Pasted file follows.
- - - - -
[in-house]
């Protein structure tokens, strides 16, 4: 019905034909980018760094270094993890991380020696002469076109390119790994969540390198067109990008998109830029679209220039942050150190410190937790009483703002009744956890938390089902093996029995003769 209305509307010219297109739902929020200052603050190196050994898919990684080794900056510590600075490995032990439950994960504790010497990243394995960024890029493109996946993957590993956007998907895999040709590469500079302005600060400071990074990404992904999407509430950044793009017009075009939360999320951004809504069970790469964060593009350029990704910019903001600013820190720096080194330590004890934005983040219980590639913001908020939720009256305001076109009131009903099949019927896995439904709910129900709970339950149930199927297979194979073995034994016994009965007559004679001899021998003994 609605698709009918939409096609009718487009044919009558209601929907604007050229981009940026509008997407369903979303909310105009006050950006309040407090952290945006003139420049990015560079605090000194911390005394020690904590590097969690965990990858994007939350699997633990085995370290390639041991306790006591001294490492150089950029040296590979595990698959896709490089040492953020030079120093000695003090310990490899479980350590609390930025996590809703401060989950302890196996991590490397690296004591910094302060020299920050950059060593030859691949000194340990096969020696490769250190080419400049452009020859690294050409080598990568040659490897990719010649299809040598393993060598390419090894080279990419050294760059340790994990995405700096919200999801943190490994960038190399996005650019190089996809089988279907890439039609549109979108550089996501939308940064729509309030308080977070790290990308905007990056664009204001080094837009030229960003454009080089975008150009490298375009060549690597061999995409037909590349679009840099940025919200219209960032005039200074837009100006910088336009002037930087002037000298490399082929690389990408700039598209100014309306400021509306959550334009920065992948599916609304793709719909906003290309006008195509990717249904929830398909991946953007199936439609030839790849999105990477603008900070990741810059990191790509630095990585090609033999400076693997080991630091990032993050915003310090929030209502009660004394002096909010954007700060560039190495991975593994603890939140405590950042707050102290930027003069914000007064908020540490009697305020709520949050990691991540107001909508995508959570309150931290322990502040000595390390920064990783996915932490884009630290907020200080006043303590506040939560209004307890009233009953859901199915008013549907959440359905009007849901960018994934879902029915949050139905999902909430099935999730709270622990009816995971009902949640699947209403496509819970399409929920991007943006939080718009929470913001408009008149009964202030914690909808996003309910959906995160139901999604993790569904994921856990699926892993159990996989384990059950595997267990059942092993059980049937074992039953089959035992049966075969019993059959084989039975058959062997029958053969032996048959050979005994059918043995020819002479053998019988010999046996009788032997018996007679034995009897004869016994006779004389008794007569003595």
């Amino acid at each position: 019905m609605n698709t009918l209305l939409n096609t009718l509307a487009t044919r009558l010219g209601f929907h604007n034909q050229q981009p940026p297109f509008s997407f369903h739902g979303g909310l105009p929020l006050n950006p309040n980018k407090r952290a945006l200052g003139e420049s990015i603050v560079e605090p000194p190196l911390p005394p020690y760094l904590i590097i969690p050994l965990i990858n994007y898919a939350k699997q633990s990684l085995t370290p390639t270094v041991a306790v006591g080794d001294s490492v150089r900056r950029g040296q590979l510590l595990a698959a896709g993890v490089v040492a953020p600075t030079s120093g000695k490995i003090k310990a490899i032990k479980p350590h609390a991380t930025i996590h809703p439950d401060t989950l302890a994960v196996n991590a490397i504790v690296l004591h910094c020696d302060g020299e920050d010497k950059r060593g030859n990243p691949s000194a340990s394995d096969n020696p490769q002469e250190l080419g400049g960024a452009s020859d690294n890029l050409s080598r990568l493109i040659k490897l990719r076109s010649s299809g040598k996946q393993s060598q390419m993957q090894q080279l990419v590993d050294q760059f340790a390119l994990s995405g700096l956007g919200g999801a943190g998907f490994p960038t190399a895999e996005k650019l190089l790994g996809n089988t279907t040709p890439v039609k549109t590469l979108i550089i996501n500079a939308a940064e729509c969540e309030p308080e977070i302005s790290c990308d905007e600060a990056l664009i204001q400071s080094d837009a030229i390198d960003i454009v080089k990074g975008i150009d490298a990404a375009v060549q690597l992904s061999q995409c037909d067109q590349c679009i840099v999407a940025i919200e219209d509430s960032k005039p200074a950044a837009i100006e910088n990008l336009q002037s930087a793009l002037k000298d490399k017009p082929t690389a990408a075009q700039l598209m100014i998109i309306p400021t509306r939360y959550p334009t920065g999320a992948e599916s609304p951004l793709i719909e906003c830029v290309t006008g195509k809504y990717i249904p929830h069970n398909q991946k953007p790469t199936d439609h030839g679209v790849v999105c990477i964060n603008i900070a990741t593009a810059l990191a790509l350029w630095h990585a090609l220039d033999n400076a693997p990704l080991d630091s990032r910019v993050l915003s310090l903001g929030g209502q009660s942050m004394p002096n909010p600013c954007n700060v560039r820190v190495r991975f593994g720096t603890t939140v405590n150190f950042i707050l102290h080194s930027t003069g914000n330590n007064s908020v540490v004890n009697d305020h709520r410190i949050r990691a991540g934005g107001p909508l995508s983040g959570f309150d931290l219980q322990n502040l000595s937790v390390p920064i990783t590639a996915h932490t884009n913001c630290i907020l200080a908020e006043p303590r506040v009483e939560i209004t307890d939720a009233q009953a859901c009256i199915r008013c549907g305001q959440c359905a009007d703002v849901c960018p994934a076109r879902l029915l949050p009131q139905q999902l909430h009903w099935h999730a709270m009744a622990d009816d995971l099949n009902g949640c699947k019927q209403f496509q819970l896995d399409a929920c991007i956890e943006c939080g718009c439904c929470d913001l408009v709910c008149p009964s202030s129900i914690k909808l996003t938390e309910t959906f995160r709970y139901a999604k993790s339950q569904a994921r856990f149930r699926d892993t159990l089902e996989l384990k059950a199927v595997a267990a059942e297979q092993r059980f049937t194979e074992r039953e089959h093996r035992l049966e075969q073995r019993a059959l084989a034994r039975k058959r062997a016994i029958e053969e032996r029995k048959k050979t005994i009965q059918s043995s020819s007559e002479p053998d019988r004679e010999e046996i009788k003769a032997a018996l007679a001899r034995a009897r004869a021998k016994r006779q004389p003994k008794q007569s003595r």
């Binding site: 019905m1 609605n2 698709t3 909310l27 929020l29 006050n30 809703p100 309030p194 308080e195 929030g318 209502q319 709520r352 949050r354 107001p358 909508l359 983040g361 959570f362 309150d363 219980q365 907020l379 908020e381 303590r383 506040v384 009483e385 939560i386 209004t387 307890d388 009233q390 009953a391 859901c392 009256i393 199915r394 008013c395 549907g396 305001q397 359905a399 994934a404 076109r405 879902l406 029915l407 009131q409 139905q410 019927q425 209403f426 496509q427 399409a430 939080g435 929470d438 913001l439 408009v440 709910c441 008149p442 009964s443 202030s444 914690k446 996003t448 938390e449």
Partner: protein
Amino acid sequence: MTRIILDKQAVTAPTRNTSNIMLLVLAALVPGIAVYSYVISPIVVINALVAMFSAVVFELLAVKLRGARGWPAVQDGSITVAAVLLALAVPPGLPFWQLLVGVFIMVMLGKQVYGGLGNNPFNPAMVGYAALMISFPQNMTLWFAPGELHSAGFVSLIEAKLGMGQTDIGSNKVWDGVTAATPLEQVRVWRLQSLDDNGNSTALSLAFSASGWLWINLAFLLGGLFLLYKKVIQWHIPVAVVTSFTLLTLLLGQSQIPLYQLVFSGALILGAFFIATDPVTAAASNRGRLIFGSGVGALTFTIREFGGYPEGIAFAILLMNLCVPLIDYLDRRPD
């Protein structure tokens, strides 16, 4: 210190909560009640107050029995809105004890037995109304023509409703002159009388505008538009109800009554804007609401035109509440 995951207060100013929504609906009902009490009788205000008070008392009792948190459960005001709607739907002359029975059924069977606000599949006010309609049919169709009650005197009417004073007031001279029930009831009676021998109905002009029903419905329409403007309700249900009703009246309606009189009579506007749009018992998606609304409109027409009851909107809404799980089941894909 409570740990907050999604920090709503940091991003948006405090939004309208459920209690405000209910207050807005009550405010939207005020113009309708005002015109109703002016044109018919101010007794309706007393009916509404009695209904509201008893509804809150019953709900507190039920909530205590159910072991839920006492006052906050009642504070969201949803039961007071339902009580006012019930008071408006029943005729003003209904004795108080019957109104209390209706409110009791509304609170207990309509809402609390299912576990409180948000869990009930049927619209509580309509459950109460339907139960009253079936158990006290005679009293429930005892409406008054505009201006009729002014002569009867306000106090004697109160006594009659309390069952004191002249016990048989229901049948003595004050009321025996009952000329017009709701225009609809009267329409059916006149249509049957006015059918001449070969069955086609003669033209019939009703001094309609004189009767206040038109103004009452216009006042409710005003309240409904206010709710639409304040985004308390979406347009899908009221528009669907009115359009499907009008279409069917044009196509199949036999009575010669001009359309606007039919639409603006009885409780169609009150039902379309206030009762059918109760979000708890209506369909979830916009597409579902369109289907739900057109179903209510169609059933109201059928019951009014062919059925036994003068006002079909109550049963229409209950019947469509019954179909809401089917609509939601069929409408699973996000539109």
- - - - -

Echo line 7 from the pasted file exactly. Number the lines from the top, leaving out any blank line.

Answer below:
């Protein structure tokens, strides 16, 4: 210190909560009640107050029995809105004890037995109304023509409703002159009388505008538009109800009554804007609401035109509440 995951207060100013929504609906009902009490009788205000008070008392009792948190459960005001709607739907002359029975059924069977606000599949006010309609049919169709009650005197009417004073007031001279029930009831009676021998109905002009029903419905329409403007309700249900009703009246309606009189009579506007749009018992998606609304409109027409009851909107809404799980089941894909 409570740990907050999604920090709503940091991003948006405090939004309208459920209690405000209910207050807005009550405010939207005020113009309708005002015109109703002016044109018919101010007794309706007393009916509404009695209904509201008893509804809150019953709900507190039920909530205590159910072991839920006492006052906050009642504070969201949803039961007071339902009580006012019930008071408006029943005729003003209904004795108080019957109104209390209706409110009791509304609170207990309509809402609390299912576990409180948000869990009930049927619209509580309509459950109460339907139960009253079936158990006290005679009293429930005892409406008054505009201006009729002014002569009867306000106090004697109160006594009659309390069952004191002249016990048989229901049948003595004050009321025996009952000329017009709701225009609809009267329409059916006149249509049957006015059918001449070969069955086609003669033209019939009703001094309609004189009767206040038109103004009452216009006042409710005003309240409904206010709710639409304040985004308390979406347009899908009221528009669907009115359009499907009008279409069917044009196509199949036999009575010669001009359309606007039919639409603006009885409780169609009150039902379309206030009762059918109760979000708890209506369909979830916009597409579902369109289907739900057109179903209510169609059933109201059928019951009014062919059925036994003068006002079909109550049963229409209950019947469509019954179909809401089917609509939601069929409408699973996000539109």